Apple’s brand spanking new iPhone 5S is built around the 64-bit A7 processor and optimized iOS 7 mobile operating system. Boom, done — Apple leads the 64-bit mobile transition. However, Samsung mobile chief J.K. Shin has popped up to say, ‘Hey, we’re cool, too.’

First off, it’s important to sweep aside the notion that Apple’s iPhone 5S and the transition to 64-bit mobile is just about marketing and offers no practical advantage — far from it.

The ability to access more RAM will definitely be necessary in the future, but it’s ARMv8’s 64-bit architecture that’ll start paying off immediately. Extra registers — tiny units of storage inside the processor — let the A7 crunch numbers more efficiently, improving performance significantly for tasks like encoding and decoding video … the new iPhone 5s will likely fly through iOS apps with an aplomb never seen before — The Verge

That said, the Korea Times is reporting that Samsung’s top mobile executive, J.K. Shin, has said that it’s high-end handsets will adopt 64-bit.

“Not in the shortest time,” Shin said. “But yes, our next smartphones will have 64-bit processing functionality.”

Why not tomorrow? Simply put, the Android operating system doesn’t support 64-bit and Google hasn’t laid out a timeline for the delivery of 64-bit.

64-bit Mobile: Durable Advantage?

For what it’s worth, Nathan Brookwood, research fellow at the consultancy firm Insight 64, says that Apple is “nine to twelve months ahead of any Android competition.”

How important an advantage 64-bit turns out to be remains to be seen. Nevertheless, Samsung has said they will follow or, if you prefer, copy Apple.

The more things change, the more they stay the same…

What’s your take?

Via All Things D

  1. 64-bit mobile is new innovation from Apple?
    No, I think It’s not completely new innovation at all. Apple just learn from its own resource “OS X” and applied it to use on mobile device.

  2. How is moving on to the next logical step in hardware copying Apple? You do know that 64 bit processors have been available in computers for some time now right? It was only a matter of time until they made their way into mobile devices.

    Anyways, Apple won’t see any substantial performance gains for some time, possibly years.

    The biggest improvement gained from the transition to a 64 bit architecture is the increase in the amount of RAM that can be addressed by an OS but iOS is nowhere near the cap for 32 bit, making that pointless. Having a 64 bit architecture actually increases the amount of RAM an OS requires, resulting in higher RAM usage and therefor less available RAM. Surprisingly the amount of RAM wasn’t increased from the paltry 1GB installed in the iPhone 5, meaning that the phone will probably run into more low memory situations running on a 64 bit architecture. Low memory equals low performance.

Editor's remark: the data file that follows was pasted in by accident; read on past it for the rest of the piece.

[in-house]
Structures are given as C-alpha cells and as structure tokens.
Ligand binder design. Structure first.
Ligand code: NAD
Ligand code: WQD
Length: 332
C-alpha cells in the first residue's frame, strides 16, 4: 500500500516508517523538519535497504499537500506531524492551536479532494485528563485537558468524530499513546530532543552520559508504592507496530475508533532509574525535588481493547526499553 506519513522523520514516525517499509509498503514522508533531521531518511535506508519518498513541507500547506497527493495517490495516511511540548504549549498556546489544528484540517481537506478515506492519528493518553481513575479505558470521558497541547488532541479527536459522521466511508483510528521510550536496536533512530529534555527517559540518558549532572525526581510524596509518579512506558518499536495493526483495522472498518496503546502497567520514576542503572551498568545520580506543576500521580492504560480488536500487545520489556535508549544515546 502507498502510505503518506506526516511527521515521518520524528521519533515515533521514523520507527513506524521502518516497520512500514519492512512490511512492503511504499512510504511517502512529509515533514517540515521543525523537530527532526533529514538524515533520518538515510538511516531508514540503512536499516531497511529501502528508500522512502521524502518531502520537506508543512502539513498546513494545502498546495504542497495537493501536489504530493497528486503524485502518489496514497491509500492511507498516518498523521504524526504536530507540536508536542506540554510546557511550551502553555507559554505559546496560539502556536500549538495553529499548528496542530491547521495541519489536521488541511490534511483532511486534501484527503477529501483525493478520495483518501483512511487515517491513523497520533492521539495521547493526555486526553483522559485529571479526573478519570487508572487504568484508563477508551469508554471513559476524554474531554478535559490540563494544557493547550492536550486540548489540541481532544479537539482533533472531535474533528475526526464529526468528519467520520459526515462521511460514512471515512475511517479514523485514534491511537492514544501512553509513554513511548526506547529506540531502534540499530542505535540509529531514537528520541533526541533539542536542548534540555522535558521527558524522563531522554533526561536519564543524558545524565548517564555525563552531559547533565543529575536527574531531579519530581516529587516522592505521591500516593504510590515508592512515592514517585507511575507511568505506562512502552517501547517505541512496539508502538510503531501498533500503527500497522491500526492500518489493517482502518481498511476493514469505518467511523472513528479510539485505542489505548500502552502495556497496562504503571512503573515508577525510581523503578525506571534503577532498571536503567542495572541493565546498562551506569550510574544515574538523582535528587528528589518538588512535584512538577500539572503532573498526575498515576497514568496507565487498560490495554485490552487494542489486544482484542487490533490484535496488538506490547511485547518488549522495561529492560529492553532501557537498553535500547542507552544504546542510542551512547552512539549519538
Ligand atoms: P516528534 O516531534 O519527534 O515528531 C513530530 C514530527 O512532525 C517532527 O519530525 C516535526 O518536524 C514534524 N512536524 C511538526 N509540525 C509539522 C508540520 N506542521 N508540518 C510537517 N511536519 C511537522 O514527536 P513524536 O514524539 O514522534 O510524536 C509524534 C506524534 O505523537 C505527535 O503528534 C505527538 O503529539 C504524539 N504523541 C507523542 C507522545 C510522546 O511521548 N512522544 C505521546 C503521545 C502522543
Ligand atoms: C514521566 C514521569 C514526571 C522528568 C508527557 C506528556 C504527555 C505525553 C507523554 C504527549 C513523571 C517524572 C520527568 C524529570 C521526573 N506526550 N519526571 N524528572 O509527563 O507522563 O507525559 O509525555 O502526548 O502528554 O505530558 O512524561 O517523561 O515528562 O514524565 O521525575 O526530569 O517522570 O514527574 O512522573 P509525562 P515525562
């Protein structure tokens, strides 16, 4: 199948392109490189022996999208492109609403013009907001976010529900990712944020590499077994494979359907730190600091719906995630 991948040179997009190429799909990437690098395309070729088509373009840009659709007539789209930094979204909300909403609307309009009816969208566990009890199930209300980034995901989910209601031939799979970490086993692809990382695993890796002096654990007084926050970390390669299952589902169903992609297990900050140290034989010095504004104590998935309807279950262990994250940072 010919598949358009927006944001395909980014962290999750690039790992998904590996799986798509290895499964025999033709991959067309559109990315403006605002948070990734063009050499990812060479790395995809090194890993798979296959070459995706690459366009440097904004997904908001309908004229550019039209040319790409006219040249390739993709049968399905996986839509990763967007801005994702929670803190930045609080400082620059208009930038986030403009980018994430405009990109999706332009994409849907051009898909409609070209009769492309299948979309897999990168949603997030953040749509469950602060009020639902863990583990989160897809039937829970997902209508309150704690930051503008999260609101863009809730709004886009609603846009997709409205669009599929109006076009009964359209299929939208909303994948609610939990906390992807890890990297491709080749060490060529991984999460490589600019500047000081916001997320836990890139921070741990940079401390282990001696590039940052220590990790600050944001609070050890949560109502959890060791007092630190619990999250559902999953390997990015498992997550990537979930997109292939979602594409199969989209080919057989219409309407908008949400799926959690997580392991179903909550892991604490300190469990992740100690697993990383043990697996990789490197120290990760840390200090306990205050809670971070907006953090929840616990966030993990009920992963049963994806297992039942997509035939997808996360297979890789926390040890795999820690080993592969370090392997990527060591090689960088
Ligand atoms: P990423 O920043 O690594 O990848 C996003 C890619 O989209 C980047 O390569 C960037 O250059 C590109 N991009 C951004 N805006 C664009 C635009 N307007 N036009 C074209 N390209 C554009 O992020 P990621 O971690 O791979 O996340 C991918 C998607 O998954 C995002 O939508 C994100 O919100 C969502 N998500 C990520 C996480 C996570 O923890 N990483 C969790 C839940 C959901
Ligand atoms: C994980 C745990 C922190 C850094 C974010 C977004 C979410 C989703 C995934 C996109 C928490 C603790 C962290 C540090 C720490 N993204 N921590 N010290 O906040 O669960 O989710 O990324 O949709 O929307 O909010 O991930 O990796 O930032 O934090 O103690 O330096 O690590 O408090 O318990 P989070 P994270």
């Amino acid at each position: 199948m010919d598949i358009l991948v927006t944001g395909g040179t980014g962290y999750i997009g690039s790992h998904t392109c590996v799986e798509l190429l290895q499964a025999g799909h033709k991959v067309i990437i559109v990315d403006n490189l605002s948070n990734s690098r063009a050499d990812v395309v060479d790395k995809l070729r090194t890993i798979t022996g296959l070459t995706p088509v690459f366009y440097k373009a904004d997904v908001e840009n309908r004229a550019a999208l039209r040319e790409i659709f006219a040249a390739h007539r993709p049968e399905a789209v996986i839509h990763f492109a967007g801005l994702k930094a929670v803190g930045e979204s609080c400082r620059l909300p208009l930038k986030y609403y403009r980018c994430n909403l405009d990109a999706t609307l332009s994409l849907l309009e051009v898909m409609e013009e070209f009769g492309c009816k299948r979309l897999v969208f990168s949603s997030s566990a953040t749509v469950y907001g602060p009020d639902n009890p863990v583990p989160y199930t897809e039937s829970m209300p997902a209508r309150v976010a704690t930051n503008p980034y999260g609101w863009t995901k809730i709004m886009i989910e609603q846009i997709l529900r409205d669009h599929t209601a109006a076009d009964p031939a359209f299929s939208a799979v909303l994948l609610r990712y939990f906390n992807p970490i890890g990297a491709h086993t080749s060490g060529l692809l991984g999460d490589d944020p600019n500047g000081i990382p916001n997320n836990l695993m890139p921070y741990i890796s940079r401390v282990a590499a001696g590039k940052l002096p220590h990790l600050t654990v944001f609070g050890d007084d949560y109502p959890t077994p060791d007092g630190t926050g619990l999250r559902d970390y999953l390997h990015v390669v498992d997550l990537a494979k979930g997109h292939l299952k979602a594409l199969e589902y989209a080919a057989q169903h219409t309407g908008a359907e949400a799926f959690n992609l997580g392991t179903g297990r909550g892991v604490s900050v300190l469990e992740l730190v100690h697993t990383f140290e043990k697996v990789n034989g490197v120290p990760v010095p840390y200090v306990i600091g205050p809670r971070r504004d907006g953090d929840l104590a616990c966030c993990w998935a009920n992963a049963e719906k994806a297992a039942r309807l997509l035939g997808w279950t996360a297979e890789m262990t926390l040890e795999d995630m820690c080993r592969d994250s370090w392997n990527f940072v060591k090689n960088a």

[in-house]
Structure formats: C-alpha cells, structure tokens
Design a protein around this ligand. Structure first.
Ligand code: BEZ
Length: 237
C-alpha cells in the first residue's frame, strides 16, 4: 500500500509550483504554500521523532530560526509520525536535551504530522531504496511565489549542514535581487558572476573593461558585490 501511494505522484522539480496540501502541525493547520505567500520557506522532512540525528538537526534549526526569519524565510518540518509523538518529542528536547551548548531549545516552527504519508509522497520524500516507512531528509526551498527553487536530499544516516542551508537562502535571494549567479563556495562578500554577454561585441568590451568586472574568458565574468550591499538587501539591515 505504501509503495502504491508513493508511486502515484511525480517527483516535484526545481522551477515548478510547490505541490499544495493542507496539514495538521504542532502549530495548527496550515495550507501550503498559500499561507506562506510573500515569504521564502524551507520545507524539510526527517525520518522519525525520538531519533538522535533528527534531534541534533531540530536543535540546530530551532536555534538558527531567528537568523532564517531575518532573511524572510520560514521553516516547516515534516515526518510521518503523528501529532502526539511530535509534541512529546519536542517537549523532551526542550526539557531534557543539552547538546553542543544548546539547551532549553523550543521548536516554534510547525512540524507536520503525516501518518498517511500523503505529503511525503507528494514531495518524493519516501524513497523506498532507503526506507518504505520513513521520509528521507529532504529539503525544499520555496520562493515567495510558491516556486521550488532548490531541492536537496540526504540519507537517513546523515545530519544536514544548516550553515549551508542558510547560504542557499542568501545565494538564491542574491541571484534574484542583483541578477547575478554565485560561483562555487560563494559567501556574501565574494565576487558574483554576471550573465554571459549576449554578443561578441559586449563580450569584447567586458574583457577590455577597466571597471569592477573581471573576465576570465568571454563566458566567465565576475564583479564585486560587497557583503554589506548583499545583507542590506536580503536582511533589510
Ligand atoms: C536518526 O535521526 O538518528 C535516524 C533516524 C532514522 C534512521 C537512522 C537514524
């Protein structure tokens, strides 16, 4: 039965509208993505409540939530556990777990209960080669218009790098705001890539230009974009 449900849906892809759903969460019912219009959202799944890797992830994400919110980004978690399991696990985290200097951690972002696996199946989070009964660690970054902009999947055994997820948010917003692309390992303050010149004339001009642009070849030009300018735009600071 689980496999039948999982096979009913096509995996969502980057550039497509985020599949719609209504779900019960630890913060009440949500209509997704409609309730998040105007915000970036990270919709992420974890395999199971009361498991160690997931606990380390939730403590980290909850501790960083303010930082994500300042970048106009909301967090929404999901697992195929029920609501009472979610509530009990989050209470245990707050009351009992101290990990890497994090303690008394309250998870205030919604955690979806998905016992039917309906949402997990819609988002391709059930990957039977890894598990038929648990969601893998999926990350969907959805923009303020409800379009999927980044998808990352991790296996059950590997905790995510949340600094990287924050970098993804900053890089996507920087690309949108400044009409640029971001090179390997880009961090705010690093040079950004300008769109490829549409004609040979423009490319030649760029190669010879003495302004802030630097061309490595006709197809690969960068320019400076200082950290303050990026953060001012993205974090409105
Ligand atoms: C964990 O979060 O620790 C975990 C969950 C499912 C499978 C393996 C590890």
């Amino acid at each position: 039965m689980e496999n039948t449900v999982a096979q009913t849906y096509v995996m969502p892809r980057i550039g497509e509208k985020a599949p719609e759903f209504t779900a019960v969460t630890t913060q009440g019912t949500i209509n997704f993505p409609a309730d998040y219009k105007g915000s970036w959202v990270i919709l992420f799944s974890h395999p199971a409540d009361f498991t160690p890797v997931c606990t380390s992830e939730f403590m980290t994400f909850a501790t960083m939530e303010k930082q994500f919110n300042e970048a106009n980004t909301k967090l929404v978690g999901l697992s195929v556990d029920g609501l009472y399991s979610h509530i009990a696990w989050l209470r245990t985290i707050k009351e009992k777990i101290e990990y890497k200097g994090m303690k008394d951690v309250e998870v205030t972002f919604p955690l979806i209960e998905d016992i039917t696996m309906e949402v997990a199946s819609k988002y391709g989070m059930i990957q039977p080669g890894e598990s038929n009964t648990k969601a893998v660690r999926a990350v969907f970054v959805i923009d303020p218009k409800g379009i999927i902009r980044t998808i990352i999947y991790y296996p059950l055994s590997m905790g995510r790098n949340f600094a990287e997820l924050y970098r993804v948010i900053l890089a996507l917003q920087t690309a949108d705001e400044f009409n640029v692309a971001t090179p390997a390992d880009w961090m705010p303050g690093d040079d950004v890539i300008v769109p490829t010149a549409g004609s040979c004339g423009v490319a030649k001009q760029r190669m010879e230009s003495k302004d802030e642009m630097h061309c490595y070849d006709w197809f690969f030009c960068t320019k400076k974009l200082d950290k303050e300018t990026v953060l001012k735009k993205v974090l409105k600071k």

3. Apple has no innovation any more, they’re simply playing catch up. Don’t be surprised to see all of those “shit” features in future versions of iOS.

  4. I’ll try to read your thought

    1. Same design
    – Yes no doubt with that but we can’t deny that fact that other company start copying the flattened design 😉

    2. Same resolution
    – Yes same resolution but they increase ppi plus the retina display

    Need to lists what are the improvements in new iPhone 5S?
    1. Processor
    2. Camera
    3. Graphics

    Let me know if you need more.

  5. And it’s easy to apply? you made me laugh dude, it’s same in Touch ID yes it’s easy to say only “Touch ID” you didn’t even think how long to integrate those features :p

  6. Benchmarks are in – ipHone fastest smartphone ever – in some benchamrks – 100% faster than some android smartphones – mostly HTC … Samsung might not be included as they specifically wrote oveclocking instructions when running benchmarks – when caught, they pretended nothing was going on. So intstead of a better OS, they are busy writing code to ru your phone at 105% when they sense a benchmark test.

  7. hahaha Fanboy? I’m an Android user dude I didn’t even own iPhone :p, now who’s fanboy here? ohh uhhh what an awkward moment.

    “but not hard to try for developer” do you know how long does it take to create software like Touch ID and integrate it into the hardware and do you really think it’s easy?

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